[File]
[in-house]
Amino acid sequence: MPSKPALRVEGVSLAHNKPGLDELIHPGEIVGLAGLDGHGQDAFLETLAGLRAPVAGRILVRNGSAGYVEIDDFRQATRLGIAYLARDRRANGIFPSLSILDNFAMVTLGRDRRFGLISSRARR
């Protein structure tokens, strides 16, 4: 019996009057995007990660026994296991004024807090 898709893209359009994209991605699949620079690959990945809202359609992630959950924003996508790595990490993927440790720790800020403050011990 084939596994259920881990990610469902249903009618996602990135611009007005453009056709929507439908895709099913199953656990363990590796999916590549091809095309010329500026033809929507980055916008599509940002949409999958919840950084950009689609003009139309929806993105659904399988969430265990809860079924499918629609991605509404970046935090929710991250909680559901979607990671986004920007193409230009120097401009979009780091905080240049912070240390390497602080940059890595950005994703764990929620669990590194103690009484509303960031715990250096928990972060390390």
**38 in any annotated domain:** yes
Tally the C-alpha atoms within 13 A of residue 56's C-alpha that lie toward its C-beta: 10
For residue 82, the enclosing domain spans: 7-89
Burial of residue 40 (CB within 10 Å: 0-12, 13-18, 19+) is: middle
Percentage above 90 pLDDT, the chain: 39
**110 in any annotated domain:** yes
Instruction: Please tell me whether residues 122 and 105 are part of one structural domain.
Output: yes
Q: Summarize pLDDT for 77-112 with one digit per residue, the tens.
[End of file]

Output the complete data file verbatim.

[in-house]
Amino acid sequence: MPSKPALRVEGVSLAHNKPGLDELIHPGEIVGLAGLDGHGQDAFLETLAGLRAPVAGRILVRNGSAGYVEIDDFRQATRLGIAYLARDRRANGIFPSLSILDNFAMVTLGRDRRFGLISSRARR
């Protein structure tokens, strides 16, 4: 019996009057995007990660026994296991004024807090 898709893209359009994209991605699949620079690959990945809202359609992630959950924003996508790595990490993927440790720790800020403050011990 084939596994259920881990990610469902249903009618996602990135611009007005453009056709929507439908895709099913199953656990363990590796999916590549091809095309010329500026033809929507980055916008599509940002949409999958919840950084950009689609003009139309929806993105659904399988969430265990809860079924499918629609991605509404970046935090929710991250909680559901979607990671986004920007193409230009120097401009979009780091905080240049912070240390390497602080940059890595950005994703764990929620669990590194103690009484509303960031715990250096928990972060390390």
**38 in any annotated domain:** yes
Tally the C-alpha atoms within 13 A of residue 56's C-alpha that lie toward its C-beta: 10
For residue 82, the enclosing domain spans: 7-89
Burial of residue 40 (CB within 10 Å: 0-12, 13-18, 19+) is: middle
Percentage above 90 pLDDT, the chain: 39
**110 in any annotated domain:** yes
Instruction: Please tell me whether residues 122 and 105 are part of one structural domain.
Output: yes
Q: Summarize pLDDT for 77-112 with one digit per residue, the tens.